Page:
The poetry is indeed not historiographical construction material, but an associative, memorable, syncretic, intuitive, ritualistic and hypersensitive incarnation of segments from private archives. As other forms of precognition, it suggestively depicts the meaning of existence, recognizing the identity of Home. Everybody knows for himself where he/she felt Home. It is neither said, not proved with political declarations, lamentations and legal acts. “Things are empty. There is nothing in them”, says Aleš Debeljak in his poem “Without Anaesthesia”. People fill in things, giving them soul, creating their value, whether they are artefacts or biofacts. During the big moves, emigrations, exiles, persecutions, dissidentisms and (cultural, ethnic, family and individual) dislocations, such as the time after the breakdown of Yugoslavia, happiness becomes a memory from the past, an archaic sign of Atlantis. In such times of absolute transition, the poet tries to defend himself from the inflow of misfortune, by protecting his feeling of happiness. Via memories, dialogues, touches, via poetic and linguistic performances.
Thus, if there is some fear in Debeljak’s poetry, it is the fear of loneliness, the loneliness that is experienced when the individual or the collective are rooted out of their home into a “chronotope” foreign to them, when they are caught by the state of constant crisis, and behind the scene there is a total chaos (such as the bombardment in Roland Harwood’s play which takes place while the “King Lear” is played). In all of this leisurely, club, chamber, urban, segmented, improvised and sophisticated space in A. Debeljak’s poems, there is also a political angle, in the most subtle, philosophical meaning of the word. Maybe not as fierce and explicit as in Harold Pinter’s poetry, but political nevertheless. As political as it is necessary to understand the essence of the traumatized Yugoslav and Balkan Man at the end of the XX century. The political dimension of his poetry is not in the foreground, but is nevertheless present. The other, erotic dimension, also important for his poetry, is in the focus of the spotlight.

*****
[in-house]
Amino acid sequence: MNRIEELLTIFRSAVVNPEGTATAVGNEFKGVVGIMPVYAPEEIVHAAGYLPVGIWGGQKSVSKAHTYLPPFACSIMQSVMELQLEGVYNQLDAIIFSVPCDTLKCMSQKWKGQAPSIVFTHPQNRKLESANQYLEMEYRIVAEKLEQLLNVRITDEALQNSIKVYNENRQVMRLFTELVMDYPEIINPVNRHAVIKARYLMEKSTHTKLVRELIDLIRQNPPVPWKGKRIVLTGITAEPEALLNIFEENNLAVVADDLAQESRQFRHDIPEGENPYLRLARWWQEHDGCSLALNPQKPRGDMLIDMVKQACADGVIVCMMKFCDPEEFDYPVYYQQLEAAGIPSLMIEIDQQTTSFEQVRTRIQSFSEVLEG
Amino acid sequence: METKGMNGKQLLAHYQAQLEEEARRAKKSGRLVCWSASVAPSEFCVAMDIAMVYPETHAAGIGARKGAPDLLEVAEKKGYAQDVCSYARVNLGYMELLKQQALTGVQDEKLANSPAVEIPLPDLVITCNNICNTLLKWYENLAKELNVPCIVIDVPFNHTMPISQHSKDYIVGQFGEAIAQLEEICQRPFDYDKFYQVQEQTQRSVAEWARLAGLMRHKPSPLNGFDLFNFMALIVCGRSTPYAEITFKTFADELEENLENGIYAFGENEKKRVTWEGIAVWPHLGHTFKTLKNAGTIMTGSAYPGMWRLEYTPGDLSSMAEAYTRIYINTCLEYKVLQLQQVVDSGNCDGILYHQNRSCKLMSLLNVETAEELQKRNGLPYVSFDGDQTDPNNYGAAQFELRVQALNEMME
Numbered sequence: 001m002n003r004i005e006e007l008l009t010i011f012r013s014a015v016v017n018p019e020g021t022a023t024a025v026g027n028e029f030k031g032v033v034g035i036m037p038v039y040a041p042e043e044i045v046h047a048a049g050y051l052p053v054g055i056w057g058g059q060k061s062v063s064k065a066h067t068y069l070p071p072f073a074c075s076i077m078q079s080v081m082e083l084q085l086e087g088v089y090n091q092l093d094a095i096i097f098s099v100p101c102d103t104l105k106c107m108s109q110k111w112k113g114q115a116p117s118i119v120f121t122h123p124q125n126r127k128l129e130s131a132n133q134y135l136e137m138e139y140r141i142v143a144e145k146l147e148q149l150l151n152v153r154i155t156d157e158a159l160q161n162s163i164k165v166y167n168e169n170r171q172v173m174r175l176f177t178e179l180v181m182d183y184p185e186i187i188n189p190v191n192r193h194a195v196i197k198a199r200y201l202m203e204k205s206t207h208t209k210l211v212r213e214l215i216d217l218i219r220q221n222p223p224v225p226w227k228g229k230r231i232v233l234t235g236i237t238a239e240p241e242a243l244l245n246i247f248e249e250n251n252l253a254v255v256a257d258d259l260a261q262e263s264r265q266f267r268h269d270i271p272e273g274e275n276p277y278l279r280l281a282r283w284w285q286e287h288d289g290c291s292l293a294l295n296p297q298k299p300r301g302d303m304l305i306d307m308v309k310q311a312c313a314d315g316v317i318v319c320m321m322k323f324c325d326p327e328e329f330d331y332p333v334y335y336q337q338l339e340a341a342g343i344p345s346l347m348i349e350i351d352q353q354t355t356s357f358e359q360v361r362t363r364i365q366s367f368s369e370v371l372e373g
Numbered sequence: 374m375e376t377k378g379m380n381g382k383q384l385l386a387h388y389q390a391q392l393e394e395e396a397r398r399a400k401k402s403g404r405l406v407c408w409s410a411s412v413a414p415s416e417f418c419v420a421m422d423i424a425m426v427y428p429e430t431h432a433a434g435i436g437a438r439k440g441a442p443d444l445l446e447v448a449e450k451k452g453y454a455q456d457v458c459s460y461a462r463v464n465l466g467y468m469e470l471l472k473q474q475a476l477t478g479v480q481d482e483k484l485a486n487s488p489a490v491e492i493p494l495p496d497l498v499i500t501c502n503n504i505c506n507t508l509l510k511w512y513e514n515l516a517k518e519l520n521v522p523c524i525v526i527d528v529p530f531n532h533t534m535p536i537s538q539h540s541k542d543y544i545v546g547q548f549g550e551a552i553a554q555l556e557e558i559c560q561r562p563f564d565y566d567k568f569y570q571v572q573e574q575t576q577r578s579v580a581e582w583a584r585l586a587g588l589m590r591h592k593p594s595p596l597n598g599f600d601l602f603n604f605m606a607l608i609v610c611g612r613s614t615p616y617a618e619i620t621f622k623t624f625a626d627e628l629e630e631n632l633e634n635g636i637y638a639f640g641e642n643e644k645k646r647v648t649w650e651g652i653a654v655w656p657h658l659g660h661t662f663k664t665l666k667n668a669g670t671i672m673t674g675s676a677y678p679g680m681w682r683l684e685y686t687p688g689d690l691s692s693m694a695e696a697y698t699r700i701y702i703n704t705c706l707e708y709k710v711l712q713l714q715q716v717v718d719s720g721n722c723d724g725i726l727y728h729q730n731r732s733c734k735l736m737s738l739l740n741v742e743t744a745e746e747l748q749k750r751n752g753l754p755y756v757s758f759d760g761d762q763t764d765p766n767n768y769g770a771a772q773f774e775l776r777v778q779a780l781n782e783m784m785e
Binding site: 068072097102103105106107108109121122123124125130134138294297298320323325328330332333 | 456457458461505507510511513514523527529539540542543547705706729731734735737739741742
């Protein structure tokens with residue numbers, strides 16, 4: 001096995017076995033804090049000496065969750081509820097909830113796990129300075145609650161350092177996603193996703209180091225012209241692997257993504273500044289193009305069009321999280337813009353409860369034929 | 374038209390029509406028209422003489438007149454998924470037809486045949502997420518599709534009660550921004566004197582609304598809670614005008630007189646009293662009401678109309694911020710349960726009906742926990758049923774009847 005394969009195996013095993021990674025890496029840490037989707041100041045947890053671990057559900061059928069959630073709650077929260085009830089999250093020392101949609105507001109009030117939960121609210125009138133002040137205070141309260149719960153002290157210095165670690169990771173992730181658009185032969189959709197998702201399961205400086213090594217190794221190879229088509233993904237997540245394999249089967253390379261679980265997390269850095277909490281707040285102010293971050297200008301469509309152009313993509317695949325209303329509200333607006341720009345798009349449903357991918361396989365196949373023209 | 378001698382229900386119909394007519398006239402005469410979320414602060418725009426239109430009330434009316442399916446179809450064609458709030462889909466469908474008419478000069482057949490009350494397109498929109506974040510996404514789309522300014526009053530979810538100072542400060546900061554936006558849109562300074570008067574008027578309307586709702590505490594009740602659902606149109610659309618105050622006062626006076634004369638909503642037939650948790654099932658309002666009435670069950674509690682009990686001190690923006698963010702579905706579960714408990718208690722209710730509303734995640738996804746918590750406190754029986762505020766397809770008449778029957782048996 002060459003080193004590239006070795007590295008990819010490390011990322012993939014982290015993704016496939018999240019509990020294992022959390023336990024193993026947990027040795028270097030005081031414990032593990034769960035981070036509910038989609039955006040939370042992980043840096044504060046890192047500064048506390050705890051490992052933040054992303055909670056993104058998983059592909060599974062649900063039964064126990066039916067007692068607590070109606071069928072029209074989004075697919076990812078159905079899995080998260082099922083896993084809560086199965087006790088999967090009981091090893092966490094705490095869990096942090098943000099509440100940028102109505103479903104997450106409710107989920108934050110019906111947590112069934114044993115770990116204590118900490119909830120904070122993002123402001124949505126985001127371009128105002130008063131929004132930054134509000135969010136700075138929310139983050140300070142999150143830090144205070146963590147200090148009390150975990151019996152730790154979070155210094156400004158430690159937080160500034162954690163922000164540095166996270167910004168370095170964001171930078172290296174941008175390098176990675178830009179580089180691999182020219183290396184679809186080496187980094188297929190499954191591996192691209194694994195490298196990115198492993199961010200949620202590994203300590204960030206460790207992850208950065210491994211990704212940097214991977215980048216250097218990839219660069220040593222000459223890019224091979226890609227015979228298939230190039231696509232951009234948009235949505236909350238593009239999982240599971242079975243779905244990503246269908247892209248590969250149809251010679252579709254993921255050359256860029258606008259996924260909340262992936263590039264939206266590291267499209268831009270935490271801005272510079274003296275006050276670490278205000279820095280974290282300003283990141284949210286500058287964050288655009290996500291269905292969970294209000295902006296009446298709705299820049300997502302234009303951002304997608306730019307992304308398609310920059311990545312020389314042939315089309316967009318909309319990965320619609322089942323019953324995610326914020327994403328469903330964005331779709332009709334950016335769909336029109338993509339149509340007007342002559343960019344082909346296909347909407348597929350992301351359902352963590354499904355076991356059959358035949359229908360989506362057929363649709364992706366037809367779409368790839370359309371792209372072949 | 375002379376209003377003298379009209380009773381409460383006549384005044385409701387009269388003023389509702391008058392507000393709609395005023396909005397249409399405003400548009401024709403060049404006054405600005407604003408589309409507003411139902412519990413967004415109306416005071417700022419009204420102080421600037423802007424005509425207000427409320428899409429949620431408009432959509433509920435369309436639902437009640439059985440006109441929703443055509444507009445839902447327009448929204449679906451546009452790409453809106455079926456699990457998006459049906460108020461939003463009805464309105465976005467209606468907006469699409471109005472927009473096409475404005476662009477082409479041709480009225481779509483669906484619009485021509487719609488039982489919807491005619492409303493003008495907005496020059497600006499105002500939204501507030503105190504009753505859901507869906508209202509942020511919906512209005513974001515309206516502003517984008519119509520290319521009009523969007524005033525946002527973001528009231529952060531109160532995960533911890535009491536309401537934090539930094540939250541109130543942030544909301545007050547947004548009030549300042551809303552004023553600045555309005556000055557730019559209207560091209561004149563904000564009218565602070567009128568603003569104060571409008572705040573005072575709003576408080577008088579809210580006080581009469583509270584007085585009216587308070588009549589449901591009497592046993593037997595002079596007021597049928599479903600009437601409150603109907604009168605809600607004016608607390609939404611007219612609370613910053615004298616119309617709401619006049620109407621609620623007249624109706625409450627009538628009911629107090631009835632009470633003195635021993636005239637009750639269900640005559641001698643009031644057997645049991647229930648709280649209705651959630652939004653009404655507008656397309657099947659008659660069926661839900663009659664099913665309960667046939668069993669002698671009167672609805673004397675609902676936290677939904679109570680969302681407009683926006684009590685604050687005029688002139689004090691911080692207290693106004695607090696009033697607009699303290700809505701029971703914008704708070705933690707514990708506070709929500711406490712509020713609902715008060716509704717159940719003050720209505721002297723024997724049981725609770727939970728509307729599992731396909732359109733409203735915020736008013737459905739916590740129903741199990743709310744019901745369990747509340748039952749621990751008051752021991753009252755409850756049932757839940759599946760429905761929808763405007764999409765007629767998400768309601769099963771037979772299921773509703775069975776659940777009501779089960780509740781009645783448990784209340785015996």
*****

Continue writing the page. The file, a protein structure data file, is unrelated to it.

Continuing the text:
One could say that in the poetic work of Debeljak there is a certain tension between the two dramatic tensions – the political or erotic?6F It relates to their positioning in the centre or in the background of the stage space in the poem. If we read Debeljak’s poetry chronologically, we will see that in the first collections, almost until the end of the XX century, the political perspective and topics are still absent, they are still not subject of his poetic interest. This is the case with The Names of Death (1985), The Diary of Silence (1987) and Moments of Fear (1990). Already from The City and the Child (1996) collection there is a different observation of the world, a different structure of relations between the poem and history, between the subject and the object of the poem, including the modified relation to the reader and the effect on the reading circles. From that book onwards the awareness of the cultural function of poetry and poet is increased, and the semiotics of the poem becomes more sensitive to the external signals (intertextual, citational and paracitational dialogue with different poets and writers, including those with Slovenian and Yugoslav provenience, reminiscence of Bosnian and Serbian situations, the collective spirit of the time, migrations and devastation of the former common state). This tendency is also reflected in the books Unfinished Odes of year 2000 (it could also be translated as Unfinished Praises), and most of all in his 2009 collection Smugglers.